During the first week in May, the media reported the results of a Common Core poll conducted by Republican pollster John McLaughlin. The Collaborative for Student Success was identified as the organization that commissioned and funded the poll. Since the Bill and Melinda Gates Foundation is a partner in this organization and has invested hundreds of millions of tax-exempt dollars promoting Common Core across the U.S., one wonders why the poll wasn't analyzed for objectivity before being reported as news.
The poll identified Republican primary voters and "swing" or undecided voters. An initial basic question (#9) seeking voter views on Common Core, the nation's newly implemented K-12 educational program, generated a mixed reaction to the Common Core standards (35% approval; 33% disapproval; 32% don't know). McLaughlin claimed support soared to a two-thirds majority for Common Core when it was explained in "simple, neutral" language; previously uninformed voters end up supporting the standards.
The question that generated the two-thirds figure was the following (#12): "Common Core State Standards (CCSS) are simply a set of standards in Math and English which state what a child should know in both subjects by the end of each grade of school they complete…Knowing this, do you approve or disapprove of the CCSS?" This question included a generic definition of "learning standards" not specific to Common Core. Yet thinking they had new information, voters almost doubled their approval of Common Core.
Twenty-one hypothetical questions incorporating mostly misleading information followed in an attempt to raise the approval rating for Common Core. Over 70% of these questions were prefaced with: "If you knew the following statements about CCSS were true, would each make you more likely or less likely to support CCSS?" This is a big IF, since most of the statements that followed were irrelevant like the definition of "learning standards"; the opinion of sources paid to promote Common Core (for example, the Thomas B. Fordham Institute); and/or false (for example, that Common Core's standards were rigorous and internationally benchmarked.) One wonders if the questions were designed to find out what false talking points would be the most effective to propagate in the future, as well as to inflate the approval rating on the poll.
Later questions asked voters to choose whether they approve or disapprove of CCSS (#34) and whether they are more or less likely to vote for a candidate who supports CCSS (#35), knowing what they know now. "Now" apparently means after assimilating promotional, misleading, or false information!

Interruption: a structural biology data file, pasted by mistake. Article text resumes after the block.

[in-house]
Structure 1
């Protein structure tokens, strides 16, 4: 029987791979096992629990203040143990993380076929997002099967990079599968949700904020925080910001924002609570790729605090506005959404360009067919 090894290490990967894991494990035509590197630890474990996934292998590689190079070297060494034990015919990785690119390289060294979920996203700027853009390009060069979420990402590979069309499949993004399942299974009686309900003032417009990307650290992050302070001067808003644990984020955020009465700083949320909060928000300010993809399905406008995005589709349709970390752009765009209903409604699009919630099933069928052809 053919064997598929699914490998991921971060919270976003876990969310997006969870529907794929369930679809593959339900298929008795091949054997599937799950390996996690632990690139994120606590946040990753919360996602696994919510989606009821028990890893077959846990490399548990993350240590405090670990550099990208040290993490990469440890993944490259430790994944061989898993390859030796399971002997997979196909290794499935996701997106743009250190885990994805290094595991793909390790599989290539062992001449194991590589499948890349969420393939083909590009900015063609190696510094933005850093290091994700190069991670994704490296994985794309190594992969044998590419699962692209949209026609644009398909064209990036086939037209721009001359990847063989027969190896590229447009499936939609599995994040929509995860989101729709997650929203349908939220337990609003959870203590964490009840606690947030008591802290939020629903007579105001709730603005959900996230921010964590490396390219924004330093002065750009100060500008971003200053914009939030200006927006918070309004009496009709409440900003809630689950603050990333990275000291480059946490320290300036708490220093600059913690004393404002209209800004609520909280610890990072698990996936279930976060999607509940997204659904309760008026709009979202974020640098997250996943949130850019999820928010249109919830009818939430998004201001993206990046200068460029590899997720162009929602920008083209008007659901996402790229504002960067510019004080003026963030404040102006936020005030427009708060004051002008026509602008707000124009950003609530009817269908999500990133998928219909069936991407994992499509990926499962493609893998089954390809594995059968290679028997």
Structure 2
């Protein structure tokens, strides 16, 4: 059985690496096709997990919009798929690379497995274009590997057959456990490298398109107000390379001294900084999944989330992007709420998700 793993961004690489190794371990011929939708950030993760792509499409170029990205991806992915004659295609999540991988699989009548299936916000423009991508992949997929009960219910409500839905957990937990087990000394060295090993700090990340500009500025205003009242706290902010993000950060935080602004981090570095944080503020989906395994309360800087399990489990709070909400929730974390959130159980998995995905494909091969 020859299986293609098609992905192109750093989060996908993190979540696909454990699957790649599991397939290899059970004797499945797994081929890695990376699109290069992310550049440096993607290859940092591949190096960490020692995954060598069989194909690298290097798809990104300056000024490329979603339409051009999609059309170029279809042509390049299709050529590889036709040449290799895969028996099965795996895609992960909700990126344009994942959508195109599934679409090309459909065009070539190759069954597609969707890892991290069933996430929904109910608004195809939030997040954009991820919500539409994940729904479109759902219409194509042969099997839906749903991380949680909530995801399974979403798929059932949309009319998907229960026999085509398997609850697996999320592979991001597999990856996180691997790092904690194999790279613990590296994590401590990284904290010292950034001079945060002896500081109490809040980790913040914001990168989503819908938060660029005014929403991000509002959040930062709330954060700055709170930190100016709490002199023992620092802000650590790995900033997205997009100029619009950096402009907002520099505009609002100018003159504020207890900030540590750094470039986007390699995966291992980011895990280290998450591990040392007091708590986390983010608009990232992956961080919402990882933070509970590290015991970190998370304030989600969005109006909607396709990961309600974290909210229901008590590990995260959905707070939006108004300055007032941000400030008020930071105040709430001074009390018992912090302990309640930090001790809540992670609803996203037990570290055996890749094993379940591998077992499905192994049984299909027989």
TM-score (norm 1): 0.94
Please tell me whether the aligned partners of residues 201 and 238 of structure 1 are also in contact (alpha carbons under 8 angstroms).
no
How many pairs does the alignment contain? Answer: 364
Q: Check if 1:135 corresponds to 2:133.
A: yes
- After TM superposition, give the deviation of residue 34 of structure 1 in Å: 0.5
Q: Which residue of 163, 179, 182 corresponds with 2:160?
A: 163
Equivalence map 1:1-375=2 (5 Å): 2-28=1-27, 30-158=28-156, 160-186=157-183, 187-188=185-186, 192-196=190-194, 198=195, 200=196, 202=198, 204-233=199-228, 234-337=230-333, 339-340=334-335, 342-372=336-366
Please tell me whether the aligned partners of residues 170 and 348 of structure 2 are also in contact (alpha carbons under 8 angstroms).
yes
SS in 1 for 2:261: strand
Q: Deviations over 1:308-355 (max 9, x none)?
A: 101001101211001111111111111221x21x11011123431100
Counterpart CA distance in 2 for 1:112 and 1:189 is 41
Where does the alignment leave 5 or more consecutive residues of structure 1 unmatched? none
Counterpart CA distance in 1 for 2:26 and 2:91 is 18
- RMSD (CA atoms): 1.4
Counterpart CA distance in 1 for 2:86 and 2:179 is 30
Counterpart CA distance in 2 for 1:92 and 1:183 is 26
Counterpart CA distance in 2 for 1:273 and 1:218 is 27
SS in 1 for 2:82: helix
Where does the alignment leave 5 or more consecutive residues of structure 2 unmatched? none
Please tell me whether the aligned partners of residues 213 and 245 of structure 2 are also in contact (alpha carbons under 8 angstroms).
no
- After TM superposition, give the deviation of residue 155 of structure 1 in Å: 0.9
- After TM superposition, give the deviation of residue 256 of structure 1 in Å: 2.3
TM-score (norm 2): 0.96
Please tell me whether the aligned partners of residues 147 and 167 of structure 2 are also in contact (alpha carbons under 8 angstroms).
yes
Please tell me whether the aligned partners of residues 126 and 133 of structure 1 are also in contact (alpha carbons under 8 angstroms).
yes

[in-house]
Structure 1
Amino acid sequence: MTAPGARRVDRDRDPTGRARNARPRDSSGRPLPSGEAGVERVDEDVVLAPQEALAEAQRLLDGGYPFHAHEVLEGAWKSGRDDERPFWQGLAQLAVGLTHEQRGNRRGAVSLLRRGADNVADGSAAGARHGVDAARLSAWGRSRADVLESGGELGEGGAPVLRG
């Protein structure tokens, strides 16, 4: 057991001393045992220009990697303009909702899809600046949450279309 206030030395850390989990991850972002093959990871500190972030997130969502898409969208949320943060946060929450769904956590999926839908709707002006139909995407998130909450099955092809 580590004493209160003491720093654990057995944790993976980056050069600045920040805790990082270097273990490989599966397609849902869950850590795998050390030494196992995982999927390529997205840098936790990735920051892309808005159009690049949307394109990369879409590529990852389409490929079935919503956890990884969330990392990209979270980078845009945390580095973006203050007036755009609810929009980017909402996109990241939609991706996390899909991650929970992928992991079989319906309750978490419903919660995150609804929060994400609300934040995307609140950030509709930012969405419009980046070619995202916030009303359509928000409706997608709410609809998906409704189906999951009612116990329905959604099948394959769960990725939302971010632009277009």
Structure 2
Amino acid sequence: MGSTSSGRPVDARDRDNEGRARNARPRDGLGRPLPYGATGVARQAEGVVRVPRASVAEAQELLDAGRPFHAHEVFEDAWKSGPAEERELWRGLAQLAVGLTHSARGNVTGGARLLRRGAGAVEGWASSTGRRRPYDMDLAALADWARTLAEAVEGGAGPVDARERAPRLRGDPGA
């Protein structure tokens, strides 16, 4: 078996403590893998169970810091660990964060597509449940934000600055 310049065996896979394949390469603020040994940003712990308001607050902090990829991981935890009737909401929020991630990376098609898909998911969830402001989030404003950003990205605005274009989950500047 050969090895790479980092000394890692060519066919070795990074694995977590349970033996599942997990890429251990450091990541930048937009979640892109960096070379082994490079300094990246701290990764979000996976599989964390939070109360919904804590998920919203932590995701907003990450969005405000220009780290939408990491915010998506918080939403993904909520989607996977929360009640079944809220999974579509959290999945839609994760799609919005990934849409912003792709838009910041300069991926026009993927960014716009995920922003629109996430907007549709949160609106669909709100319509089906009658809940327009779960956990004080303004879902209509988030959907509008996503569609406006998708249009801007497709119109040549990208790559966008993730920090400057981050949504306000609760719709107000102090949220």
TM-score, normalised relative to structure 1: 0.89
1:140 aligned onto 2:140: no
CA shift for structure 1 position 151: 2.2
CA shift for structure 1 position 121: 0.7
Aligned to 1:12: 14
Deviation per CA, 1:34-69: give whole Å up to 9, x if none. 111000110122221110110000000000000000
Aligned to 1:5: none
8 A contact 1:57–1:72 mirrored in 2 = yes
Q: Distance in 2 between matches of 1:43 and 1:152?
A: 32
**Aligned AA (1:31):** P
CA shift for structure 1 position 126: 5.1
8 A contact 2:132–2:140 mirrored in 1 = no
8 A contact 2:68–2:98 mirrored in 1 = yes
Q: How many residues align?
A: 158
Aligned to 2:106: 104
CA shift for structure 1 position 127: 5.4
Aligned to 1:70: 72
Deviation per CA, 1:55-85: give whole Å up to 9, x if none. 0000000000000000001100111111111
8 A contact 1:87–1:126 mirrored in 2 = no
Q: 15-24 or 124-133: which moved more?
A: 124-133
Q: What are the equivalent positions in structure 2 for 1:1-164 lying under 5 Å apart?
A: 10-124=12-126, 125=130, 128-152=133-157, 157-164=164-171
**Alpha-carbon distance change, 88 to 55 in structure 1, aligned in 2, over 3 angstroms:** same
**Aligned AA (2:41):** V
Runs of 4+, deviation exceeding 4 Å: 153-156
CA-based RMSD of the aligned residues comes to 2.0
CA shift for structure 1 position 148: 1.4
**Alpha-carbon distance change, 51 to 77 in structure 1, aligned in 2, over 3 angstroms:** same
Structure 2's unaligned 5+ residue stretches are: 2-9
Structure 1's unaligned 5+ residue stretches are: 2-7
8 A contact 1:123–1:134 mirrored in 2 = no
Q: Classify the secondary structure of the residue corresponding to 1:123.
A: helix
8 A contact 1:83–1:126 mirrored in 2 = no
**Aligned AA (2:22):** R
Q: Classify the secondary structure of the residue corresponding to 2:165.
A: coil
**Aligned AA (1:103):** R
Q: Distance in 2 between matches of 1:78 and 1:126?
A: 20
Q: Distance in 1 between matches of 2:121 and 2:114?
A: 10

McLaughlin didn't advertise that his figures were reversed on the three questions where he incorporated true information about Common Core regarding data mining (#33), teaching to the test (#25), and the special interests that bribed the states to accept CCSS (#28). These questions averaged 58% against and 29% pro Common Core, almost the exact opposite of the results on the misleading questions which averaged 58% pro and 27% against Common Core.
In his findings, McLaughlin had a very political message to offer Republican candidates, who have been the most vocal against Common Core. He suggested that they steer clear of anti-Common Core remarks in seeking election or risk losing Republican and swing voters.
But even before McLaughlin's results were released to the press, his theory began crumbling. In Florida's 19th Congressional District Republican primary where Common Core was an issue, anti-Common Core candidate Curt Clawson scored a decisive victory on April 22nd. His main rival was the choice of GOP establishment/Common Core proponent Jeb Bush. And again on May 6th, the day after the poll results were released, two Indiana State House incumbents running for re-election, were trounced by anti-Common Core candidates who made their opponents' refusal to help stop Common Core a central campaign issue.
McLaughlin could easily have offered a very different message based on his own poll data: that when TRUE information is given to voters, they are more likely to be AGAINST Common Core. In fact, this is exactly what a similar and more recent University of Connecticut poll found using straightforward questions. The more people knew about the standards, the less likely they were to support Common Core.
The groundswell of spontaneous grassroots resistance all over the country is educating the public to the truth about Common Core. Unfortunately, the media missed the elephant in the room on the McLaughlin poll: that this groundswell has motivated people and/or organizations with vested interests in Common Core to attempt to silence Republican candidates speaking out against Common Core by using survey research to manipulate, not inform. For the original survey, go here.